Clinical symptoms of acute cholecystitis include abdominal pain (right upper abdominal pain), nausea, vomiting, and fever (level 2b-4).9, 10, 11 The most typical symptom is right epigastric pain. Tenderness in the right upper abdomen, a palpable gallbladder, and Murphy’s sign are the characteristic findings of acute cholecystitis. A positive Murphy’s sign has a specificity of 79%–96% (level 2b–3b)9,11 for acute cholecystitis.
The diagnosis of acute cholangitis requires a white blood cell count; measurement of the C-reactive protein level; and liver function tests, including alkaline phosphatase, gamma-glutamyltranspeptidase (GGT), aspartate aminotransferase (AST), alanine aminotransferase (ALT), and bilirubin. Assessment of the severity of the illness requires knowledge of the platelet count, blood urea nitrogen, creatinine, and prothrombin time (PT). Blood cultures are also helpful for severity assessment, as well as for the selection of antimicrobial drugs. Hyperamylasemia is a useful parameter to identify complications such as choledocholithiasis causing biliary pancreatitis (level 1a).12
There is no specific blood test for acute cholecystitis; however, the white blood cell count and the measurement of C-reactive protein is very useful in confirming an inflammatory process. Bilirubin, blood urea nitrogen, creatinine, and PT are very useful in assessing the disease severity status of the patient.
Abdominal ultrasound (US) and abdominal computerized tomography (CT) with intravenous contrast are very helpful studies in evaluating patients with acute biliary tract disease. Abdominal US should be performed in all patients suspected of having acute biliary inflammation/infection. Ultrasound examination has satisfactory diagnostic capability when it is performed not only by specialists but also by emergency physicians (level 1b).13,14
The role of diagnostic imaging in acute cholangitis is to determine the presence/absence of biliary obstruction, the level of the obstruction, and the cause of the obstruction, such as gallstones and/or biliary strictures. Assessment should include both US and CT. These studies complement each other and CT may better demonstrate dilatation of the bile duct and pneumobilia.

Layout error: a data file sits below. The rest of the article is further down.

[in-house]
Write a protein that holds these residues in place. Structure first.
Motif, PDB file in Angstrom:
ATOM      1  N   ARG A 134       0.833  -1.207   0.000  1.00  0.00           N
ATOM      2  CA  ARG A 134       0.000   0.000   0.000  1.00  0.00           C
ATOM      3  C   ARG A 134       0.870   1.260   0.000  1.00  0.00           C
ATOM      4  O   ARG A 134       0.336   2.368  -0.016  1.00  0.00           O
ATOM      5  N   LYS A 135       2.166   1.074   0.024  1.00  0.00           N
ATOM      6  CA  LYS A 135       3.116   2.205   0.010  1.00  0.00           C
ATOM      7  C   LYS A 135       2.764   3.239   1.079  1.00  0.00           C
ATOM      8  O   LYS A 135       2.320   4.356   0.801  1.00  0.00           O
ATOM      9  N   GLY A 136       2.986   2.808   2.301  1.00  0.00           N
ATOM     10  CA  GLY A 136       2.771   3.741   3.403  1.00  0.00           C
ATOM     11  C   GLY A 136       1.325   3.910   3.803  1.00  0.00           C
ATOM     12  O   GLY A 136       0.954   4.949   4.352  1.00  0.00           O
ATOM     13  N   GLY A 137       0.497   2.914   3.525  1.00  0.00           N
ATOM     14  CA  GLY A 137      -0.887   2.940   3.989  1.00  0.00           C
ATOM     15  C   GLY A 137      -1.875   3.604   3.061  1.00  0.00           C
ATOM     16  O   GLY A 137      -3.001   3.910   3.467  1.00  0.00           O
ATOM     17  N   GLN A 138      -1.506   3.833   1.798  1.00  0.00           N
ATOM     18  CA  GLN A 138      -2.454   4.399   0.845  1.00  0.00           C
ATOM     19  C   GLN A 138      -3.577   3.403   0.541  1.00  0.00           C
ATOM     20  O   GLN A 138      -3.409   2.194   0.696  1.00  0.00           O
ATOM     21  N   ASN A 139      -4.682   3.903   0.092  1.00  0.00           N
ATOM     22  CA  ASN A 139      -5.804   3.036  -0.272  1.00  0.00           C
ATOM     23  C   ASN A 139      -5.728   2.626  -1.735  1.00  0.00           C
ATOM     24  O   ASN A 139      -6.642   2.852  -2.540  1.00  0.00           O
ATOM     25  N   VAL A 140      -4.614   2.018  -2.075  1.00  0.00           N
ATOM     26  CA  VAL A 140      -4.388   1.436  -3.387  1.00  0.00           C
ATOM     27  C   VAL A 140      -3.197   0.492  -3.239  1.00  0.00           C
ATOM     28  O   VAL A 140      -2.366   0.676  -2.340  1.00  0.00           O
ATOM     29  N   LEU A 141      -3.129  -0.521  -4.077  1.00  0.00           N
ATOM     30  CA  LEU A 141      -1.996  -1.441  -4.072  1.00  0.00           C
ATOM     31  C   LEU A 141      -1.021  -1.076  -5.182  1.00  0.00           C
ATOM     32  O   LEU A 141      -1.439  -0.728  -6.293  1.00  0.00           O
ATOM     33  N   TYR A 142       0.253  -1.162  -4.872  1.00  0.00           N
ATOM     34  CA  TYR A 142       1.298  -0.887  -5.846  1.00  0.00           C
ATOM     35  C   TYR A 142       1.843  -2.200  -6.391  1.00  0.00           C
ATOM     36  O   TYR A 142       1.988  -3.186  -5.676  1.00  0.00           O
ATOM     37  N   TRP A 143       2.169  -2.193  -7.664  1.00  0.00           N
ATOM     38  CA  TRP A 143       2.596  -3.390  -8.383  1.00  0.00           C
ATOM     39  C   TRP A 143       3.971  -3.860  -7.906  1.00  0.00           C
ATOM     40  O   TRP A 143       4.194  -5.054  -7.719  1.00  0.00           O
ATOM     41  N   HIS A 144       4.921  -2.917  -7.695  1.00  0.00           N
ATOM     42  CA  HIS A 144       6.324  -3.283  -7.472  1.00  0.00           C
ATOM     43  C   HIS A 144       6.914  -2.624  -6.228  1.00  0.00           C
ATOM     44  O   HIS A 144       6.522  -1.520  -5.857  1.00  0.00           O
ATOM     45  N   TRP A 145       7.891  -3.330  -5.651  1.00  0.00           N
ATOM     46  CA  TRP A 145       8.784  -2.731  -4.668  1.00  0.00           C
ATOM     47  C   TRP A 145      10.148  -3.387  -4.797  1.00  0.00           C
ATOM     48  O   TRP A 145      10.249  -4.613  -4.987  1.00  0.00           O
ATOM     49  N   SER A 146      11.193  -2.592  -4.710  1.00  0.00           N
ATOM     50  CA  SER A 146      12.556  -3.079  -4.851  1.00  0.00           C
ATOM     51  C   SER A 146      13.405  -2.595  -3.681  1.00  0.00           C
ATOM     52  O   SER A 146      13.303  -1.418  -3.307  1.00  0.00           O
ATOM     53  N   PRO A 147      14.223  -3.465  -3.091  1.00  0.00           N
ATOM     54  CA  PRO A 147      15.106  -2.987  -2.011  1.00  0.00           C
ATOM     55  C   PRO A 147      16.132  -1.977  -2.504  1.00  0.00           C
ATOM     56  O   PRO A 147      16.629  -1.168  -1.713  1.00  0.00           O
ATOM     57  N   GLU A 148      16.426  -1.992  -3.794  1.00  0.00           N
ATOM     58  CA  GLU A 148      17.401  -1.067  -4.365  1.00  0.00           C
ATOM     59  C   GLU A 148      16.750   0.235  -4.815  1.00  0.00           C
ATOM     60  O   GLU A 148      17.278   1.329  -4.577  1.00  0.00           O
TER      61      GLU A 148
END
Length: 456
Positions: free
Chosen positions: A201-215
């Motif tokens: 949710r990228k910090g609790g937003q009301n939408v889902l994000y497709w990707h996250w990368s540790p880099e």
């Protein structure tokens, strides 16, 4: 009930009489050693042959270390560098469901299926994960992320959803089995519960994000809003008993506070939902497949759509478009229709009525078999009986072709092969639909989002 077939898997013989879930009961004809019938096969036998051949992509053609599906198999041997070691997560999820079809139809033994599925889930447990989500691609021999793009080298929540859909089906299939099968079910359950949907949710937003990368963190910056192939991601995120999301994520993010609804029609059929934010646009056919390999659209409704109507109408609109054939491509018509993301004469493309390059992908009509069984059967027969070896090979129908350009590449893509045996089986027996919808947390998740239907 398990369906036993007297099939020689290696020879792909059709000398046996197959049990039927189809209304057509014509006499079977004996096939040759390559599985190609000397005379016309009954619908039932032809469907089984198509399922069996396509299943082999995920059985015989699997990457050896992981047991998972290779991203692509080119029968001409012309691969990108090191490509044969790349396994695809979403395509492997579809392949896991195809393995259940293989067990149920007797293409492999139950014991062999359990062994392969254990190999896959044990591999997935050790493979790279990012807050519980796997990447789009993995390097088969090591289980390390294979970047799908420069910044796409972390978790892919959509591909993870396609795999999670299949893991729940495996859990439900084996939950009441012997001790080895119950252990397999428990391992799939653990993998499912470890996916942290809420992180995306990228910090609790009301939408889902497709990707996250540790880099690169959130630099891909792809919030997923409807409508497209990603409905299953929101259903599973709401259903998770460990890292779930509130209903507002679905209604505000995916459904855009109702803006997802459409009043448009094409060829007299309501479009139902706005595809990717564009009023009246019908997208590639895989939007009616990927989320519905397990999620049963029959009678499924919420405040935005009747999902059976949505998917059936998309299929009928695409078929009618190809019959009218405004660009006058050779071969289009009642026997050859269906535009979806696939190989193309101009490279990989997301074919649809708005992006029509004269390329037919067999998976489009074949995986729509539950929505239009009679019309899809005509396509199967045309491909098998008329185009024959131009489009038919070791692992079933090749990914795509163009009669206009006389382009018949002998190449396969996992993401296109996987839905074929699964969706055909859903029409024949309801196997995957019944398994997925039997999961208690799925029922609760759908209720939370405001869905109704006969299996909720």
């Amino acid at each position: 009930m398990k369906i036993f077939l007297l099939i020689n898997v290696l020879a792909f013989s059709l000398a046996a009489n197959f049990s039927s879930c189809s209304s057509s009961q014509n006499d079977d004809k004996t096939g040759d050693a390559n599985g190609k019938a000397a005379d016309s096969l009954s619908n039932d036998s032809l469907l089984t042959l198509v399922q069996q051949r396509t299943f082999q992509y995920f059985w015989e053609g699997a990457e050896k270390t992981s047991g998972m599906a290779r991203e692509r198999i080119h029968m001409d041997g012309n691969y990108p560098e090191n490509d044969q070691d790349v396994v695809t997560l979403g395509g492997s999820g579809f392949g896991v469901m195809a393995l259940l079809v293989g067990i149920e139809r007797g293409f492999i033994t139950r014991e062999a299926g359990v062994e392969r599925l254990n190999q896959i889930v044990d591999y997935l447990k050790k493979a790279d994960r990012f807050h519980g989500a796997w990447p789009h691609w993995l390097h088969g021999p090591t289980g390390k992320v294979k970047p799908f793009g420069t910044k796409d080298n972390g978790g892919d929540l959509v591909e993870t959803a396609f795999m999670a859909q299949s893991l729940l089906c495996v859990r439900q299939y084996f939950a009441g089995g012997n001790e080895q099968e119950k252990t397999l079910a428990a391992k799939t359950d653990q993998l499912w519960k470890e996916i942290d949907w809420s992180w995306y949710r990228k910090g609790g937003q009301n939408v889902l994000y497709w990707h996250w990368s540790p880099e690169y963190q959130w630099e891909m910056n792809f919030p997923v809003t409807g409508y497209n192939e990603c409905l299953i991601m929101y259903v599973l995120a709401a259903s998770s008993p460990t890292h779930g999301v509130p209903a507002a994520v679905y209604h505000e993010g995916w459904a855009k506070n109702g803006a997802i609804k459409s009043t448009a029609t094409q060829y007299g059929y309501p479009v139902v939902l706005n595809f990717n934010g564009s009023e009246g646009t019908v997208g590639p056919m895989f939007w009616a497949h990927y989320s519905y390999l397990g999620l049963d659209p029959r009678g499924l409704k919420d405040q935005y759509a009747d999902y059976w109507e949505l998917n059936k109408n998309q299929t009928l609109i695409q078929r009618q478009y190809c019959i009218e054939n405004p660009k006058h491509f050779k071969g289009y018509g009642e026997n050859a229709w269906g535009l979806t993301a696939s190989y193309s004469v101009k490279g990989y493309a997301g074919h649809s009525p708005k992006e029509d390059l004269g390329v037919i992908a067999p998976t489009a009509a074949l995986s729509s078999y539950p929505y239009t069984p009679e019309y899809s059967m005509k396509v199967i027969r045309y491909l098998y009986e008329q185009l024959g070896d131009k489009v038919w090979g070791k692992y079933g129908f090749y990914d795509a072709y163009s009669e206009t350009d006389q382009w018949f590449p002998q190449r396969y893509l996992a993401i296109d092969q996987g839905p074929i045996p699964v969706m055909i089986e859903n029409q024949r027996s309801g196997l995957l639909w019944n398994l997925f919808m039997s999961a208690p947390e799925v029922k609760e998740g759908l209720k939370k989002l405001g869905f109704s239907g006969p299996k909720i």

Some of the characteristic finding of acute cholecystitis include an enlarged gallbladder, thickened gallbladder wall, gallbladder stones and/or debris in the gallbladder, sonographic Murphy’s sign, pericholecystic fluid, and pericholecystic abscess. Sonographic Murphy’s sign is a very reliable finding of acute cholecystitis, with a specificity exceeding 90% (level 3b,4).15,16 CT scan or even plain X-ray may demonstrate free air, pneumobilia, and ileus.
Diseases which should be differentiated from acute cholangitis are acute cholecystitis, gastric and duodenal ulcer, acute pancreatitis, acute hepatitis, and septicemia of other origins. Diseases which should be differentiated from acute cholecystitis are gastric and duodenal ulcer, hepatitis, pancreatitis, gallbladder cancer, hepatic abscess, Fitz-Hugh-Curtis syndrome, right lower lobar pneumonia, angina pectoris, myocardial infarction, and urinary infection.
Flowchart for the management of acute cholangitis
Mild (grade I) acute cholangitis
Medical treatment may be sufficient. Biliary drainage is not required in most cases. However, for nonresponders to medical treatment, the necessity of biliary drainage should be considered. Treatment options such as endoscopic, percutaneous, or operative intervention may be required, depending on the etiology. Some patients, such as those who develop postoperative cholangitis, may only require antibiotics and generally do not require intervention.
Moderate (grade II) acute cholangitis
Patients with acute cholangitis who do not respond to medical treatment have moderate (grade II) acute cholangitis. In these patients, early endoscopic or percutaneous drainage or even emergent operative drainage with a T-tube should be performed. A definitive procedure should be performed to remove the cause of the obstruction once the patient is in a stable condition.
Severe (grade III) acute cholangitis